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PostPosted: Mon Nov 25, 2013 12:56 pm 
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If you look at the Sunday Times Parent Power top 500 State Schools, the superselectives are the top ones!

http://www.thesundaytimes.co.uk/sto/Parent_Power/


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PostPosted: Mon Nov 25, 2013 2:04 pm 
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The bucks grammars feature very prominently in the top 100 but are the absolute opposite of superselective, with local catchment areas and accepting top 30% of those tested. Funny how many of the most elevated bucks grammars in the list happen to have catchments that correspond directly with the telegraph 's most affluent villages list. :?

For my part I would say ignore "superselective" handles, ignore newspaper lists, and listen to locals, parents, this forum, and your gut instinct. Some children need sitting on in a high pressure environment, some children perform better in a more relaxed atmosphere. Basically if your child is bright and happy and have access to good teaching and resources, whether the children surrounding them were in the top 5% of a selection test when they were 10/11years old, should make zero difference to their success at gcse level and above.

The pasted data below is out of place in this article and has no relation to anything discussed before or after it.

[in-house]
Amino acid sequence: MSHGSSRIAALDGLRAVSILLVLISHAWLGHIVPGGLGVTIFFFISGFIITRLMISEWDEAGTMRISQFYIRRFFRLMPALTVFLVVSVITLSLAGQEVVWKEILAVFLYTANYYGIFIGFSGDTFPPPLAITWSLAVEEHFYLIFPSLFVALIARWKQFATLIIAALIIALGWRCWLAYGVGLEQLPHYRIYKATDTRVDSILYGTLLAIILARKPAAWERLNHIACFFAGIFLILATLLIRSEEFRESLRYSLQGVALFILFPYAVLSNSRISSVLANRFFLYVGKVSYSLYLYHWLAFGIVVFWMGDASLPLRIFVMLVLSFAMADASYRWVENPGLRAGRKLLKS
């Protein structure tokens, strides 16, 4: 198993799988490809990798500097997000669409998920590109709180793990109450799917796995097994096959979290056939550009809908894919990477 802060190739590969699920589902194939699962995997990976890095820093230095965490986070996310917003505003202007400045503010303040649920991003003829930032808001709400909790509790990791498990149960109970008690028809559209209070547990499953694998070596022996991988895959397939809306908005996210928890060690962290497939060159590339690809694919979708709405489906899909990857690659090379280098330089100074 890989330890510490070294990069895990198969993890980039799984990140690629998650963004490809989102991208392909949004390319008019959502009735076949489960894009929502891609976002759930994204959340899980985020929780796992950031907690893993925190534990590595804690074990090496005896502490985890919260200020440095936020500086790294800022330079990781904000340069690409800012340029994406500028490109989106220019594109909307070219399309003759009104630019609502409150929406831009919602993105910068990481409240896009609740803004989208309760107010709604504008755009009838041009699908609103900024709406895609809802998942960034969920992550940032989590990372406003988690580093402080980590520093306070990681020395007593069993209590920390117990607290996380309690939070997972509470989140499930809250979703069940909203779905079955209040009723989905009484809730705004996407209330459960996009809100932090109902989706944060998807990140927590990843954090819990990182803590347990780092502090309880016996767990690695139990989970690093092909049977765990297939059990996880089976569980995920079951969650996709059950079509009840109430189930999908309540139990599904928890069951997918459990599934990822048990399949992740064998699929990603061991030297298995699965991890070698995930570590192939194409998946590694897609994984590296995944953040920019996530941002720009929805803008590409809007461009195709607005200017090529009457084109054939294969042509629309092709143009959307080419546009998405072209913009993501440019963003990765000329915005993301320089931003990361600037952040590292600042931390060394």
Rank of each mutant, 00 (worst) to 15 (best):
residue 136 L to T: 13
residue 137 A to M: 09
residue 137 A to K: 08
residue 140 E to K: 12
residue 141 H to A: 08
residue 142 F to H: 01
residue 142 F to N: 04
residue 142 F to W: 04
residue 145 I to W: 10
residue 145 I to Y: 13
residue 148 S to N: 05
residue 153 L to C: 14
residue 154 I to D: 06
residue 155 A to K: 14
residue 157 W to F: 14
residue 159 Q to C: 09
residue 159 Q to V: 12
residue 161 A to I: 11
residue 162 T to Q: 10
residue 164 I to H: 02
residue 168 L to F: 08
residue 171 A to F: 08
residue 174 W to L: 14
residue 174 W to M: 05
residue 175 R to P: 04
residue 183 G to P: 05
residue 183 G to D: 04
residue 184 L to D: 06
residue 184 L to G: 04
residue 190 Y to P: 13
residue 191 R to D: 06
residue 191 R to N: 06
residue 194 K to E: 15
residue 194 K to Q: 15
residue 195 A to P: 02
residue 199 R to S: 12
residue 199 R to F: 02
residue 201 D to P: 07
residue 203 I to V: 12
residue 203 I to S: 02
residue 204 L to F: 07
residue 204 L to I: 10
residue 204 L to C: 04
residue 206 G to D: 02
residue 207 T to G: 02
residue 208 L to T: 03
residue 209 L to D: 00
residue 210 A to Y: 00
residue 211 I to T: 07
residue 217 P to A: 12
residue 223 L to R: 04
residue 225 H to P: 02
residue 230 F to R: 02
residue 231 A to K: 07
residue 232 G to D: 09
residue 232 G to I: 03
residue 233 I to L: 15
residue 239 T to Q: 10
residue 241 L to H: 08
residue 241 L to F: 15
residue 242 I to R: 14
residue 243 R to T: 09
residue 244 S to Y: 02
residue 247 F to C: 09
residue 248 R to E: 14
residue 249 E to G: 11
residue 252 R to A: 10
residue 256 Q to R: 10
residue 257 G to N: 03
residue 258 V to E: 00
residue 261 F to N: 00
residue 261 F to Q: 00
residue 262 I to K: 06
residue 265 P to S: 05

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PostPosted: Mon Nov 25, 2013 2:11 pm 
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My understanding has always been the same as ToadMum's - that some areas (like Gloucestershire) allow anyone to sit their GS tests and then offer places to the top scorers, whether they live next door to the school or in the Himalayan foothills. There tends to be an 'opt in' system for tests and most parents don't, for various reasons. I think generally the spread of provision is also smaller - here only about 5% of children go to GS as there aren't many of them (schools not children), versus 30% in Bucks.